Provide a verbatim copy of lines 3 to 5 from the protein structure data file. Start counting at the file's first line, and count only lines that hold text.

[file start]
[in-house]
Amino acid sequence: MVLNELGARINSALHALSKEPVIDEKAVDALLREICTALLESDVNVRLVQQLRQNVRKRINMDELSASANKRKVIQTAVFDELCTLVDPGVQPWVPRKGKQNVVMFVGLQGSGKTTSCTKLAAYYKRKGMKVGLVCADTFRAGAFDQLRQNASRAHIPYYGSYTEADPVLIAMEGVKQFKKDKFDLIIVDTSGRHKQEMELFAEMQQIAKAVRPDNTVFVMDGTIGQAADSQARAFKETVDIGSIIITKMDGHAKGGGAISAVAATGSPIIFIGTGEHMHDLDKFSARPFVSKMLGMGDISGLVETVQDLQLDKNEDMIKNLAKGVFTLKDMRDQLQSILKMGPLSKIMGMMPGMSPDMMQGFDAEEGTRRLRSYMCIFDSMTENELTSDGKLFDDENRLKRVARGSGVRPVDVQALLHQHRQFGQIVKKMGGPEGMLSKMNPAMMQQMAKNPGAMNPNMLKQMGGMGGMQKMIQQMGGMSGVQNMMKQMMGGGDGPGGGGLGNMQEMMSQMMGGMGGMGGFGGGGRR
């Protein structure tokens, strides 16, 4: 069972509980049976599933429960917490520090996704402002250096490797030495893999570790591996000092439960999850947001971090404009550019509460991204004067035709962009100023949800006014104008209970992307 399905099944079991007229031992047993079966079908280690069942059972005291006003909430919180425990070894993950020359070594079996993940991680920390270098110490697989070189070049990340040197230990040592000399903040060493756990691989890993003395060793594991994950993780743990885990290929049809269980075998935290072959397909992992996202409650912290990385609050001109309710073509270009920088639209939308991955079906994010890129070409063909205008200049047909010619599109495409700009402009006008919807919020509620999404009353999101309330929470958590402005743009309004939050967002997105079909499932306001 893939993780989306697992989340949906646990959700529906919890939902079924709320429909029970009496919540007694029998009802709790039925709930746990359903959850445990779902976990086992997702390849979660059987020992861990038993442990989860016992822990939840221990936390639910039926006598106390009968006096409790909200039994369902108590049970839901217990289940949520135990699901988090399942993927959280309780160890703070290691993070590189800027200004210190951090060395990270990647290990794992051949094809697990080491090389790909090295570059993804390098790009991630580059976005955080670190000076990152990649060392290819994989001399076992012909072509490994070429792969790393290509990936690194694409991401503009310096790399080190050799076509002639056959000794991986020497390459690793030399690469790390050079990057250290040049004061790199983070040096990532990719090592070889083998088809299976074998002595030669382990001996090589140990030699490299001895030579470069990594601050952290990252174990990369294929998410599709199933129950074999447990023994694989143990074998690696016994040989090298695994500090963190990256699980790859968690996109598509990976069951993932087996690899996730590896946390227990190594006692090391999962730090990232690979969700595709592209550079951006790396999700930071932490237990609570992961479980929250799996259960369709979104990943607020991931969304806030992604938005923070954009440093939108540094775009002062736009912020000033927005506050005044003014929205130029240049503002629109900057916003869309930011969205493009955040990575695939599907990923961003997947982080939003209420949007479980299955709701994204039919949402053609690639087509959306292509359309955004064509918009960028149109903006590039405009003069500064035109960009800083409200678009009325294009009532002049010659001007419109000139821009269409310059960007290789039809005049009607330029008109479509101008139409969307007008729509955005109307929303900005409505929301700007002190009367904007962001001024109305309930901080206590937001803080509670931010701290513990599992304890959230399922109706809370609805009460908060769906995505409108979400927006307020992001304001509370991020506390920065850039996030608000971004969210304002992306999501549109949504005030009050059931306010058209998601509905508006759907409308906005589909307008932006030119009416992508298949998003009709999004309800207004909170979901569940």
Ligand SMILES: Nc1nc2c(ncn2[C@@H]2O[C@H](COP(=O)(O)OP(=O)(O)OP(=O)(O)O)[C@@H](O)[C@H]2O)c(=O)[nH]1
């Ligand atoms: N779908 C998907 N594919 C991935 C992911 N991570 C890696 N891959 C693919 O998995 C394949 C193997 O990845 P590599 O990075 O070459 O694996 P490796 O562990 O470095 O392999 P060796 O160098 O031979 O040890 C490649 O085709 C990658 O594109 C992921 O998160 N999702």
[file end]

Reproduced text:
């Protein structure tokens, strides 16, 4: 069972509980049976599933429960917490520090996704402002250096490797030495893999570790591996000092439960999850947001971090404009550019509460991204004067035709962009100023949800006014104008209970992307 399905099944079991007229031992047993079966079908280690069942059972005291006003909430919180425990070894993950020359070594079996993940991680920390270098110490697989070189070049990340040197230990040592000399903040060493756990691989890993003395060793594991994950993780743990885990290929049809269980075998935290072959397909992992996202409650912290990385609050001109309710073509270009920088639209939308991955079906994010890129070409063909205008200049047909010619599109495409700009402009006008919807919020509620999404009353999101309330929470958590402005743009309004939050967002997105079909499932306001 893939993780989306697992989340949906646990959700529906919890939902079924709320429909029970009496919540007694029998009802709790039925709930746990359903959850445990779902976990086992997702390849979660059987020992861990038993442990989860016992822990939840221990936390639910039926006598106390009968006096409790909200039994369902108590049970839901217990289940949520135990699901988090399942993927959280309780160890703070290691993070590189800027200004210190951090060395990270990647290990794992051949094809697990080491090389790909090295570059993804390098790009991630580059976005955080670190000076990152990649060392290819994989001399076992012909072509490994070429792969790393290509990936690194694409991401503009310096790399080190050799076509002639056959000794991986020497390459690793030399690469790390050079990057250290040049004061790199983070040096990532990719090592070889083998088809299976074998002595030669382990001996090589140990030699490299001895030579470069990594601050952290990252174990990369294929998410599709199933129950074999447990023994694989143990074998690696016994040989090298695994500090963190990256699980790859968690996109598509990976069951993932087996690899996730590896946390227990190594006692090391999962730090990232690979969700595709592209550079951006790396999700930071932490237990609570992961479980929250799996259960369709979104990943607020991931969304806030992604938005923070954009440093939108540094775009002062736009912020000033927005506050005044003014929205130029240049503002629109900057916003869309930011969205493009955040990575695939599907990923961003997947982080939003209420949007479980299955709701994204039919949402053609690639087509959306292509359309955004064509918009960028149109903006590039405009003069500064035109960009800083409200678009009325294009009532002049010659001007419109000139821009269409310059960007290789039809005049009607330029008109479509101008139409969307007008729509955005109307929303900005409505929301700007002190009367904007962001001024109305309930901080206590937001803080509670931010701290513990599992304890959230399922109706809370609805009460908060769906995505409108979400927006307020992001304001509370991020506390920065850039996030608000971004969210304002992306999501549109949504005030009050059931306010058209998601509905508006759907409308906005589909307008932006030119009416992508298949998003009709999004309800207004909170979901569940």
Ligand SMILES: Nc1nc2c(ncn2[C@@H]2O[C@H](COP(=O)(O)OP(=O)(O)OP(=O)(O)O)[C@@H](O)[C@H]2O)c(=O)[nH]1
């Ligand atoms: N779908 C998907 N594919 C991935 C992911 N991570 C890696 N891959 C693919 O998995 C394949 C193997 O990845 P590599 O990075 O070459 O694996 P490796 O562990 O470095 O392999 P060796 O160098 O031979 O040890 C490649 O085709 C990658 O594109 C992921 O998160 N999702």